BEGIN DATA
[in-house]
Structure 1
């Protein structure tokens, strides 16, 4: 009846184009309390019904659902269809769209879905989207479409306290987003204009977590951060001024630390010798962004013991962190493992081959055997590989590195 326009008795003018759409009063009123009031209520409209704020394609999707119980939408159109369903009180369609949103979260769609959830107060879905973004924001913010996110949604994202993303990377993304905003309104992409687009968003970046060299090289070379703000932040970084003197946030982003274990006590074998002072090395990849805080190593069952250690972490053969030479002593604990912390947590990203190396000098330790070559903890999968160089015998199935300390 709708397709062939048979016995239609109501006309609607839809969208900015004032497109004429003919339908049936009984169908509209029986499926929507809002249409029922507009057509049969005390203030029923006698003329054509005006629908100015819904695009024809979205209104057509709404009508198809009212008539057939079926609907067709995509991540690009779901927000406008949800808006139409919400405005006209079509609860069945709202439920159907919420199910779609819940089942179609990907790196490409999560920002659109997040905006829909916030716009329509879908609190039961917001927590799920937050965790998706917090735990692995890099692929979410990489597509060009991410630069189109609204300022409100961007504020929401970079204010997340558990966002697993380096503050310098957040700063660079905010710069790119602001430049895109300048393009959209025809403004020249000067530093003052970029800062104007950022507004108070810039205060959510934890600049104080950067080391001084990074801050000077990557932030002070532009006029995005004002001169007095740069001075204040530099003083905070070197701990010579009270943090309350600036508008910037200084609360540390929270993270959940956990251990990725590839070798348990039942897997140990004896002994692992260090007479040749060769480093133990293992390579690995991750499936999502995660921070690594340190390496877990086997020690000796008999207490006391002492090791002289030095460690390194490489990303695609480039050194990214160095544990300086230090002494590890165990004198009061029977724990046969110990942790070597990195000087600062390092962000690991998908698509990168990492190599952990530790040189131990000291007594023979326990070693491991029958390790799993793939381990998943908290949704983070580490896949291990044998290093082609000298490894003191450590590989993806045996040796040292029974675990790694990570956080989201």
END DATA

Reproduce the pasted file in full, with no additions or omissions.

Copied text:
[in-house]
Structure 1
């Protein structure tokens, strides 16, 4: 009846184009309390019904659902269809769209879905989207479409306290987003204009977590951060001024630390010798962004013991962190493992081959055997590989590195 326009008795003018759409009063009123009031209520409209704020394609999707119980939408159109369903009180369609949103979260769609959830107060879905973004924001913010996110949604994202993303990377993304905003309104992409687009968003970046060299090289070379703000932040970084003197946030982003274990006590074998002072090395990849805080190593069952250690972490053969030479002593604990912390947590990203190396000098330790070559903890999968160089015998199935300390 709708397709062939048979016995239609109501006309609607839809969208900015004032497109004429003919339908049936009984169908509209029986499926929507809002249409029922507009057509049969005390203030029923006698003329054509005006629908100015819904695009024809979205209104057509709404009508198809009212008539057939079926609907067709995509991540690009779901927000406008949800808006139409919400405005006209079509609860069945709202439920159907919420199910779609819940089942179609990907790196490409999560920002659109997040905006829909916030716009329509879908609190039961917001927590799920937050965790998706917090735990692995890099692929979410990489597509060009991410630069189109609204300022409100961007504020929401970079204010997340558990966002697993380096503050310098957040700063660079905010710069790119602001430049895109300048393009959209025809403004020249000067530093003052970029800062104007950022507004108070810039205060959510934890600049104080950067080391001084990074801050000077990557932030002070532009006029995005004002001169007095740069001075204040530099003083905070070197701990010579009270943090309350600036508008910037200084609360540390929270993270959940956990251990990725590839070798348990039942897997140990004896002994692992260090007479040749060769480093133990293992390579690995991750499936999502995660921070690594340190390496877990086997020690000796008999207490006391002492090791002289030095460690390194490489990303695609480039050194990214160095544990300086230090002494590890165990004198009061029977724990046969110990942790070597990195000087600062390092962000690991998908698509990168990492190599952990530790040189131990000291007594023979326990070693491991029958390790799993793939381990998943908290949704983070580490896949291990044998290093082609000298490894003191450590590989993806045996040796040292029974675990790694990570956080989201």